In 1572, Tycho observed a new star in the constellation Cassiopeia. From 1576 to 1597 he directed the Uraniborg Observatory, which he built on the island of Hven in Øresund Strait near Copenhagen and equipped with excellent instruments made under his supervision. He spent 21 years there observing the stars, planets, and comets and determining the positions of heavenly bodies with a very high degree of accuracy. This was his main contribution. He also discovered two inequalities in the motion of the moon (annual inequality and variation). He demonstrated that comets are heavenly bodies farther from the earth than the moon. He compiled refraction tables. Tycho did not accept the heliocentric system of the world; in its place he proposed another system (that the sun moves around the earth, the earth stands in the center of the universe, and the planets revolve around the sun); this was an unsuccessful combination of Ptolemy’s teaching and the Copernican system. In 1597, Tycho was forced to leave Denmark (the Uraniborg Observatory was abandoned after his departure); and after spending two years in Germany, he went to Prague, where J. Kepler became his assistant. Kepler was left very valuable observations after Tycho’s death. Based on these observations, Kepler formulated his famous laws of the motion of the planets.


Opera omnia, vols. 1–15. Edited by J. L. E. Dreyer. Copenhagen, 1913–29.


Berry, A. Kratkaia istoriia astronomii, 2nd ed. Moscow-Leningrad, 1946. (Translated from English.)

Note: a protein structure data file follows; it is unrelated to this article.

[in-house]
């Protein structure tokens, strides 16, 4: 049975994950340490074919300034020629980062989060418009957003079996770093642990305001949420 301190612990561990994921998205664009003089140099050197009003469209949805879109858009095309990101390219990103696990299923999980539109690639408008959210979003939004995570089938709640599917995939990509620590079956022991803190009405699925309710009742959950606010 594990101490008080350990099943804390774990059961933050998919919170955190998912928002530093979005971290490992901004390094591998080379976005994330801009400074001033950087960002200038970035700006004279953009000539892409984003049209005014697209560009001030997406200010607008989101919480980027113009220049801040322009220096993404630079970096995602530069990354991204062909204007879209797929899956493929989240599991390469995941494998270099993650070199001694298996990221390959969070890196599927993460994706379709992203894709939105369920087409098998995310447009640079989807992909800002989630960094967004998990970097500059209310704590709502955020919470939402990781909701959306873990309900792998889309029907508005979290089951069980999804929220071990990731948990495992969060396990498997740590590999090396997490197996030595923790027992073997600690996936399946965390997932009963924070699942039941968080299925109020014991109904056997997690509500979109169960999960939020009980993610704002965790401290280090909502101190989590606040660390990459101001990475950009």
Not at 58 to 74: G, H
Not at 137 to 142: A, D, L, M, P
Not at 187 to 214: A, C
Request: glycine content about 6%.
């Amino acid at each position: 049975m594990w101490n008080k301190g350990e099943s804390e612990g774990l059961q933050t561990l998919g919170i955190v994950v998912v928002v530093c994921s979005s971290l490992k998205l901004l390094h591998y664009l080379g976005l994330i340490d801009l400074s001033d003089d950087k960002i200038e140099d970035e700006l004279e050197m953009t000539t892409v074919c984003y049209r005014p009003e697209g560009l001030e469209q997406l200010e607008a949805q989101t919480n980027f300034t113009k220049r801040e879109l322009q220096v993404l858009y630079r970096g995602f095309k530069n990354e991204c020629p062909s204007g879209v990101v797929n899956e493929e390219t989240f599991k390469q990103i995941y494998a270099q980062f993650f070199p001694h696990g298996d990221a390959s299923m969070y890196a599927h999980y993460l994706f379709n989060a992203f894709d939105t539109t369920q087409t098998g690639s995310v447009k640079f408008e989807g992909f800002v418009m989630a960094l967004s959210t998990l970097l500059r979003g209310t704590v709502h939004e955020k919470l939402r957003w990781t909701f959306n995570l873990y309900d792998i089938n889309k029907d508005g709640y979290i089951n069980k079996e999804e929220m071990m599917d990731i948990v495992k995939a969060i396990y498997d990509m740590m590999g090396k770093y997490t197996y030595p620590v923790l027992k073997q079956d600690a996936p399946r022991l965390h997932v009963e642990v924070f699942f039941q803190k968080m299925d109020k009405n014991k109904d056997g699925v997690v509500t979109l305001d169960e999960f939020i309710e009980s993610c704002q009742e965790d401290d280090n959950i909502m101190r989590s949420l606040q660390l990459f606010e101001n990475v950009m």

Dreyer, J. L. E. Tycho Brahe. Edinburgh, 1890.
Tycho Brahe’s Description of His Instruments and Scientific Work. Translated and edited by H. Raeder (and others). Copenhagen, 1946.
References in periodicals archive ?
Las novas y cometas son relevantes no solo porque fueron fenomenos celestes imprevistos, sino, ademas, porque fueron estudiados por una nueva comunidad internacional de cientificos capaz ya de resumir, concentrar y comunicar sus hallazgos en publicaciones fundamentales como la coleccion de tratados sobre la nova, Progymnasmata (1602) de Tycho Brahe.
This latter distance Tycho Brahe supposed to be 1150 times the semi-diameter of the earth, and the sun about 180 times as great as the earth.
A diferencia de Tycho Brahe, Kepler estaba convencido de que las grandes variaciones en la capacidad visual de cada observador individual hacian imposible establecer las tablas astronomicas correctas.
In 1576, Tycho Brahe laid the foundation stone of Uraniborg, a research institute on the small Danish island of Hven.
Poe's footnotes to the poem explain the dual sense in which the title is to be taken: as a reference to an intermediate state between heaven and hell in Islamic theology and as a reference to a star (perhaps a supernova) observed by Tycho Brahe that achieved great brilliancy only to disappear.
The Tycho Brahe 1 rocket was ready on the launch pad at sea near Bornholm but when the count-down finished it did not take off.
Tycho Brahe, Noel Duret, John Greaves, Joseph Solomon Delmedigo, and Taqi al-Din are among those whose careers, travels, and scientific quests are described.
Tonight's opener about astronomy is packed with little details that bring the heavens down to earth - like Tycho Brahe, who spent years painstakingly recording planets.
Beginning with Copernicus's death in 1543, the film depicts the scientific achievements of Tycho Brahe, Giordano Bruno, Johannes Kepler, Galileo Galilee, Isaac Newton, and Edmond Halley.
Featured authors include pioneering astronomers Tycho Brahe and Johannes Kepler.
1572 Tycho Brahe registra la aparicion de una <<estrella nueva>> en la constelacion de Casiopea.
The online resource will carry more than 2,000 titles, including high-resolution colour facsimile images of all the Royal Library's Danish imprints, from the earliest works--Breviarium Othoniense and Guilelmus Caorsin's Obsidionis Rhodiae urbis descriptio, printed by Johann Snel in Odense in 1482--through to works by the astronomer and alchemist Tycho Brahe (1546-1601) produced on his press at Uranienborg on the island of Hven before 1597.